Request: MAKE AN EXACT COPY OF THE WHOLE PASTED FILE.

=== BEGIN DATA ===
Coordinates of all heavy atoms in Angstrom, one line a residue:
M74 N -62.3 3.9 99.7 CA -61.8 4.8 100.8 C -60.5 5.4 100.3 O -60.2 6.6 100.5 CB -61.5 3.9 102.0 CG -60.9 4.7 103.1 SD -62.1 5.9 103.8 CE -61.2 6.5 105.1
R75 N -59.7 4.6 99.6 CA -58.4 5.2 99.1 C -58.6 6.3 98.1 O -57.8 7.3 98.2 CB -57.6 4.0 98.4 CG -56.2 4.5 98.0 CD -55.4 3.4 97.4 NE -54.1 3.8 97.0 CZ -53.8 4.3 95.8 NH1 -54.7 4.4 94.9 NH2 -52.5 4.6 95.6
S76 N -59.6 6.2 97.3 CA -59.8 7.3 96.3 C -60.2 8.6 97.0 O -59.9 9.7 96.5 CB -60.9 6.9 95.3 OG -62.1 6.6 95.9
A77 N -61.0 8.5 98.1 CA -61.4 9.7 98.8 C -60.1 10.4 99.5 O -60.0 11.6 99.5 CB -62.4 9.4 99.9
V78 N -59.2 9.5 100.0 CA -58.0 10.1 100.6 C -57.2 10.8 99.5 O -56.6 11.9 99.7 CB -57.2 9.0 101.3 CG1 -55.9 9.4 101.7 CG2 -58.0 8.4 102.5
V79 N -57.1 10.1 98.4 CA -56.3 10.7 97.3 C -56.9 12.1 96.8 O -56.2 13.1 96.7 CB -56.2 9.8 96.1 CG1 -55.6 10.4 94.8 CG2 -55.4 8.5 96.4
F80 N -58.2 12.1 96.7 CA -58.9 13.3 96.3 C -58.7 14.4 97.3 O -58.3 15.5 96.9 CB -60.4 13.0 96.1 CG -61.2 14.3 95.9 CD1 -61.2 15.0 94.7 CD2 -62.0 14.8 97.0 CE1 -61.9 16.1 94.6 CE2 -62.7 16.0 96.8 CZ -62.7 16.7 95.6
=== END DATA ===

Coordinates of all heavy atoms in Angstrom, one line a residue:
M74 N -62.3 3.9 99.7 CA -61.8 4.8 100.8 C -60.5 5.4 100.3 O -60.2 6.6 100.5 CB -61.5 3.9 102.0 CG -60.9 4.7 103.1 SD -62.1 5.9 103.8 CE -61.2 6.5 105.1
R75 N -59.7 4.6 99.6 CA -58.4 5.2 99.1 C -58.6 6.3 98.1 O -57.8 7.3 98.2 CB -57.6 4.0 98.4 CG -56.2 4.5 98.0 CD -55.4 3.4 97.4 NE -54.1 3.8 97.0 CZ -53.8 4.3 95.8 NH1 -54.7 4.4 94.9 NH2 -52.5 4.6 95.6
S76 N -59.6 6.2 97.3 CA -59.8 7.3 96.3 C -60.2 8.6 97.0 O -59.9 9.7 96.5 CB -60.9 6.9 95.3 OG -62.1 6.6 95.9
A77 N -61.0 8.5 98.1 CA -61.4 9.7 98.8 C -60.1 10.4 99.5 O -60.0 11.6 99.5 CB -62.4 9.4 99.9
V78 N -59.2 9.5 100.0 CA -58.0 10.1 100.6 C -57.2 10.8 99.5 O -56.6 11.9 99.7 CB -57.2 9.0 101.3 CG1 -55.9 9.4 101.7 CG2 -58.0 8.4 102.5
V79 N -57.1 10.1 98.4 CA -56.3 10.7 97.3 C -56.9 12.1 96.8 O -56.2 13.1 96.7 CB -56.2 9.8 96.1 CG1 -55.6 10.4 94.8 CG2 -55.4 8.5 96.4
F80 N -58.2 12.1 96.7 CA -58.9 13.3 96.3 C -58.7 14.4 97.3 O -58.3 15.5 96.9 CB -60.4 13.0 96.1 CG -61.2 14.3 95.9 CD1 -61.2 15.0 94.7 CD2 -62.0 14.8 97.0 CE1 -61.9 16.1 94.6 CE2 -62.7 16.0 96.8 CZ -62.7 16.7 95.6